Agency spokesman told ABC News they’ll be “placed on administrative leave.”
Two Secret Service employees — an agent and an armed physical security specialist — in South Korea to prepare for President Joe Biden’s impending arrival are being sent home after an alleged alcohol-fueled incident that ended with a report being filed with local police, according to two sources briefed on the situation.
The personnel were assigned to help prepare for the presidential visit when they went out for dinner and then stopped at several bars, the sources told ABC News. As the evening progressed, the two Secret Service staffers became apparently intoxicated and the agent wound up in a heated argument with a cab driver, according to the sources.
Police were called and a report detailing the “altercation” was filed, one source said.
“The Secret Service is aware of an off-duty incident involving two employees which may constitute potential policy violations,” agency spokesman Anthony Guglielmi said in a statement to ABC News. “The individuals will be immediately returned back to their post of duty and placed on administrative leave. There was no impact to the upcoming trip. We have very strict protocols and policies for all employees and we hold ourselves to the highest professional standards. Given this is an active administrative personnel matter, we are not in a position to comment further.”
The agent who allegedly got into the argument with the cab driver is scheduled to be interviewed by local police before boarding a flight back to the U.S. The decision to send them home was made while the president was still en route to Asia.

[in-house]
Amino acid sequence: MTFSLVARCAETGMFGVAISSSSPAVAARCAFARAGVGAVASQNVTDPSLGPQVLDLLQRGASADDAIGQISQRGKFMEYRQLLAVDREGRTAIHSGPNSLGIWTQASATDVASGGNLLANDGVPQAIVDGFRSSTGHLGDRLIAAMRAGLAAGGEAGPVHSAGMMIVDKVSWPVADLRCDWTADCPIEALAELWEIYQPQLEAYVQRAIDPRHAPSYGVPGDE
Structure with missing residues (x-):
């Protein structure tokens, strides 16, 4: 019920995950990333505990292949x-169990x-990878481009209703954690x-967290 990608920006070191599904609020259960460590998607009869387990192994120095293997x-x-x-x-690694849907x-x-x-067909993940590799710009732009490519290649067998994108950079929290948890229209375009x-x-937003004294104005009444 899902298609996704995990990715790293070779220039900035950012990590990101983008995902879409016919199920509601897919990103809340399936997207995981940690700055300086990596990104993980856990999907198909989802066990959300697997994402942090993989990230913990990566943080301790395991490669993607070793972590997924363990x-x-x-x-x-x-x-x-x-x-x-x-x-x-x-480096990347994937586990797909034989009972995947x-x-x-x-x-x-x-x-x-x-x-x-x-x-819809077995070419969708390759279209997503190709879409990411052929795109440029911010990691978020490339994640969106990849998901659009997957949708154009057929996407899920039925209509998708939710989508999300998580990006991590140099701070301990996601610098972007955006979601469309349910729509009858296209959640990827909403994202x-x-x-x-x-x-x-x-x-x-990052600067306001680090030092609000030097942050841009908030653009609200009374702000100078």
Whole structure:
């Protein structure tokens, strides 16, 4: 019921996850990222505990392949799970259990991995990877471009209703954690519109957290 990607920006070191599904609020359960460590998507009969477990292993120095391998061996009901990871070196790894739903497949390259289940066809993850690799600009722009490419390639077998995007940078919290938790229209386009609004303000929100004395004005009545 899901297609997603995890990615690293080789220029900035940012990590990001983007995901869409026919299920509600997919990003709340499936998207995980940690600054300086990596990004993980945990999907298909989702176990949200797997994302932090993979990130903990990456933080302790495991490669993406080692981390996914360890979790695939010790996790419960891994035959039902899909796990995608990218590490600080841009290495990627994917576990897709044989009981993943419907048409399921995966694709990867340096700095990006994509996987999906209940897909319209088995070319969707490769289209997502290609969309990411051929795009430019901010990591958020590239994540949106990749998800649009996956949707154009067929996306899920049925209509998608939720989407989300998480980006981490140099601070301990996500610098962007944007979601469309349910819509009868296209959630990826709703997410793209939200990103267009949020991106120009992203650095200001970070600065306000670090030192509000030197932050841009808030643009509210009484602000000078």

The latest episode in the Far East carries echoes of the 2012 scandal in which Secret Service employees were investigated for drinking heavily and hiring prostitutes while preparing for a trip by then-President Barack Obama to Cartagena, Colombia.
Of the 13 agents first suspected of soliciting prostitutes in Cartagena, three were cleared of wrongdoing and returned to duty, six resigned or retired, and four had their security clearances revoked or were removed, according to a report by the Homeland Security Department inspector general issued in December 2013. According to the report, the agents in Colombia consumed as many as 13 alcoholic drinks “before engaging in questionable behavior.”
“The Secret Service conducts thousands of advances for protectees each year, including for the president overseas,” said retired senior Secret Service agent Don Mihalek, an ABC News contributor. “Through it all, the president has been kept safe and few incidents have arisen. Despite that, the Secret Service is made up of people, some who make mistakes. When they do though, the response has been thorough to ensure that the integrity of the mission is always maintained.”